The Herald Tribune Editorial Board writes – “In light of Florida’s limits on generating tax dollars, senators and representatives often find themselves committing the political equivalent of robbing Peter to pay Paul – raiding so-called trust funds to shore up the general-revenue budget and shifting the burden of providing services, including education, to local governments… The Republican-dominated Legislature has in recent years employed “pre-emption” to replace locally crafted ordinances with statewide laws… Bills pending in the Legislature… would prevent cities and counties from regulating short-term home rentals, overtake local ordinances on trees and impose significant limits on community redevelopment organizations. These bills and the pre-emption trend are troubling. They ignore and undermine the principle of home rule, which was established in 1968 when voters approved wide-ranging changes to the Florida Constitution.” Read ‘Pre-emption’ laws violate home rule
Dinah Voyles Pulver reports for the Daytona Beach News-Journal – “The year 2017 was not a good one for Florida’s manatees… Red tide algae blooms were identified ‘as a significant contributing factor’ to the overall manatee deaths… Statewide 106 manatee deaths were attributed to watercraft collisions. Overall, Kerr said watercraft-related collisions account for about 20 percent of the manatee deaths over the past five years.” Read Florida reports 538 manatee deaths in 2017
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Upcoming Environmental Events
January 15-16 – Participate in Florida Coasts & Ocean Citizen Advocacy Day in Tallahassee. This is your opportunity to speak out for clean water and healthy beaches. Citizens will support the plastic bag ban bills, water quality monitoring, beach access, and more. They will receive free training and food. For more information and to register, click here.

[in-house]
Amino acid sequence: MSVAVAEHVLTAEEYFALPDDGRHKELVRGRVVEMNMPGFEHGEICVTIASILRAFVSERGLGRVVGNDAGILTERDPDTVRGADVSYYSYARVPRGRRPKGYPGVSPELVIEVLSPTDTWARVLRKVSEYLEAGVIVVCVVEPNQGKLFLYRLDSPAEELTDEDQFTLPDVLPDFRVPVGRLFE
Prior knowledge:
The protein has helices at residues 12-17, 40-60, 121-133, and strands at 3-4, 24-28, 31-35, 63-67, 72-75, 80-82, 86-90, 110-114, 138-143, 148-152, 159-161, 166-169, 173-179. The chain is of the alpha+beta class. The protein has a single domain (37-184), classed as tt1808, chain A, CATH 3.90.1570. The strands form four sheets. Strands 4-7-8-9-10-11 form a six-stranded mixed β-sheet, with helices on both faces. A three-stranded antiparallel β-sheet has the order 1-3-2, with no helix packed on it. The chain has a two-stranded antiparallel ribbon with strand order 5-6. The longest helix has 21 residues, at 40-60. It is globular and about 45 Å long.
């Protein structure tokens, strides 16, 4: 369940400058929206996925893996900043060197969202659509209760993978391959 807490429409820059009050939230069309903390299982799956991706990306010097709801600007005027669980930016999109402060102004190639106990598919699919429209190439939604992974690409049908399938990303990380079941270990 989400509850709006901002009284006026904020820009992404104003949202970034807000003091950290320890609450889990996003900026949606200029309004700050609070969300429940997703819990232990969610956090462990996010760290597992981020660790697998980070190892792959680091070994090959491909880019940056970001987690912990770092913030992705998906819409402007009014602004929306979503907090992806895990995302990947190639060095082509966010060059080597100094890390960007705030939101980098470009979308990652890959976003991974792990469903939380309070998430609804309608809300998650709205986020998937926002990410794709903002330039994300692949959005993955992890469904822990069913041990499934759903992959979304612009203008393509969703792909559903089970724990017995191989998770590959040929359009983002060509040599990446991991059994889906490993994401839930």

January 18, 7:00 pm – Attend The Islands at Apalachicola with Jeff Chanton & Susan Cerulean in Tallahassee. Experts will discuss how the Apalachicola River’s flow affects the configuration of St. Vincent Island and its wildlife. There is a social at 7:00 pm and the program begins at 7:30 pm. For more information, click here.
January 20, 9:00 am – Participate in the annual Newnan’s Lake Cleanup in Gainesville. Volunteers will meet at Earl P. Powers Park (5910 SE Hawthorne Rd) on the southwest edge of the lake. Current Problems will provide cleanup supplies such as bags, grabbers, gloves, nets, and scales. There will be snacks and drinks for volunteers. For more information, contact Megan Black at firstname.lastname@example.org.
January 30-31 – Participate in the Reclaiming Florida’s Future for All Advocacy Day in Tallahassee. Citizens will gather together to support climate action and land conservation funding. They will receive free advocacy training and may receive free lodging. For more information, click here.